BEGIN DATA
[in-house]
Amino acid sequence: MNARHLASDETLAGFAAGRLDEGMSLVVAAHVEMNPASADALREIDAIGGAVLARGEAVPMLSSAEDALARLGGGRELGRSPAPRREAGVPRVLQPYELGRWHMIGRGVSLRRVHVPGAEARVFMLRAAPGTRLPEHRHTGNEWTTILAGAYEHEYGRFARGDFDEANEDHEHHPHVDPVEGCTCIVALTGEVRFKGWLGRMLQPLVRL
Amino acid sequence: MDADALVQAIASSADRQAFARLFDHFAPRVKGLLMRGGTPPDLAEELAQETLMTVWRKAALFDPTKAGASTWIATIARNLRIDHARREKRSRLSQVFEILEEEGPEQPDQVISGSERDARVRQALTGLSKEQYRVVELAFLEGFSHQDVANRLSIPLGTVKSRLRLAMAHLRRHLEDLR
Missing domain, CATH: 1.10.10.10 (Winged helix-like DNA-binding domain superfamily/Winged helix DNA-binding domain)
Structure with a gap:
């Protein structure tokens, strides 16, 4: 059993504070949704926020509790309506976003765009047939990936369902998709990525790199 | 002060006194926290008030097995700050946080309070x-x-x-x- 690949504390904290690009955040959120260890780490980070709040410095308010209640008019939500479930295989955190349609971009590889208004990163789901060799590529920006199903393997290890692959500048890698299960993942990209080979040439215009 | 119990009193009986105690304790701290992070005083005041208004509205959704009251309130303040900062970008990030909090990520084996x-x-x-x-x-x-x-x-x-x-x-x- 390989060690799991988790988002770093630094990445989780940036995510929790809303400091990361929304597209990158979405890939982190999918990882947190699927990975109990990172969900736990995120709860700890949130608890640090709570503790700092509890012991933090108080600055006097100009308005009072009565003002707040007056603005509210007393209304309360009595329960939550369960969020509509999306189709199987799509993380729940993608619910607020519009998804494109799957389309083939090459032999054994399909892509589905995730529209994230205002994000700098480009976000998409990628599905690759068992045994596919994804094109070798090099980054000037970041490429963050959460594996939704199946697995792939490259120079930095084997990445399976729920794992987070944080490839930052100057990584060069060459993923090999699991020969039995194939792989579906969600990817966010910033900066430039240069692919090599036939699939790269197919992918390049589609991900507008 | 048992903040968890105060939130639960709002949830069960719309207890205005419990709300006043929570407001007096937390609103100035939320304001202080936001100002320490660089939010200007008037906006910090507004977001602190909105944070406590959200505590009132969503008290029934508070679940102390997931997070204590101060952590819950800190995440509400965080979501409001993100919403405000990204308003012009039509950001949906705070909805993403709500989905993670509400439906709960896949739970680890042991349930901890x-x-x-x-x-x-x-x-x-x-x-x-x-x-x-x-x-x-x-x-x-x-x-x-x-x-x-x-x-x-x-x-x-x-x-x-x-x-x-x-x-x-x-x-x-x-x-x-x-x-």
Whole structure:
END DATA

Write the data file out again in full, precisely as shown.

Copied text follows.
[in-house]
Amino acid sequence: MNARHLASDETLAGFAAGRLDEGMSLVVAAHVEMNPASADALREIDAIGGAVLARGEAVPMLSSAEDALARLGGGRELGRSPAPRREAGVPRVLQPYELGRWHMIGRGVSLRRVHVPGAEARVFMLRAAPGTRLPEHRHTGNEWTTILAGAYEHEYGRFARGDFDEANEDHEHHPHVDPVEGCTCIVALTGEVRFKGWLGRMLQPLVRL
Amino acid sequence: MDADALVQAIASSADRQAFARLFDHFAPRVKGLLMRGGTPPDLAEELAQETLMTVWRKAALFDPTKAGASTWIATIARNLRIDHARREKRSRLSQVFEILEEEGPEQPDQVISGSERDARVRQALTGLSKEQYRVVELAFLEGFSHQDVANRLSIPLGTVKSRLRLAMAHLRRHLEDLR
Missing domain, CATH: 1.10.10.10 (Winged helix-like DNA-binding domain superfamily/Winged helix DNA-binding domain)
Structure with a gap:
């Protein structure tokens, strides 16, 4: 059993504070949704926020509790309506976003765009047939990936369902998709990525790199 | 002060006194926290008030097995700050946080309070x-x-x-x- 690949504390904290690009955040959120260890780490980070709040410095308010209640008019939500479930295989955190349609971009590889208004990163789901060799590529920006199903393997290890692959500048890698299960993942990209080979040439215009 | 119990009193009986105690304790701290992070005083005041208004509205959704009251309130303040900062970008990030909090990520084996x-x-x-x-x-x-x-x-x-x-x-x- 390989060690799991988790988002770093630094990445989780940036995510929790809303400091990361929304597209990158979405890939982190999918990882947190699927990975109990990172969900736990995120709860700890949130608890640090709570503790700092509890012991933090108080600055006097100009308005009072009565003002707040007056603005509210007393209304309360009595329960939550369960969020509509999306189709199987799509993380729940993608619910607020519009998804494109799957389309083939090459032999054994399909892509589905995730529209994230205002994000700098480009976000998409990628599905690759068992045994596919994804094109070798090099980054000037970041490429963050959460594996939704199946697995792939490259120079930095084997990445399976729920794992987070944080490839930052100057990584060069060459993923090999699991020969039995194939792989579906969600990817966010910033900066430039240069692919090599036939699939790269197919992918390049589609991900507008 | 048992903040968890105060939130639960709002949830069960719309207890205005419990709300006043929570407001007096937390609103100035939320304001202080936001100002320490660089939010200007008037906006910090507004977001602190909105944070406590959200505590009132969503008290029934508070679940102390997931997070204590101060952590819950800190995440509400965080979501409001993100919403405000990204308003012009039509950001949906705070909805993403709500989905993670509400439906709960896949739970680890042991349930901890x-x-x-x-x-x-x-x-x-x-x-x-x-x-x-x-x-x-x-x-x-x-x-x-x-x-x-x-x-x-x-x-x-x-x-x-x-x-x-x-x-x-x-x-x-x-x-x-x-x-």
Whole structure: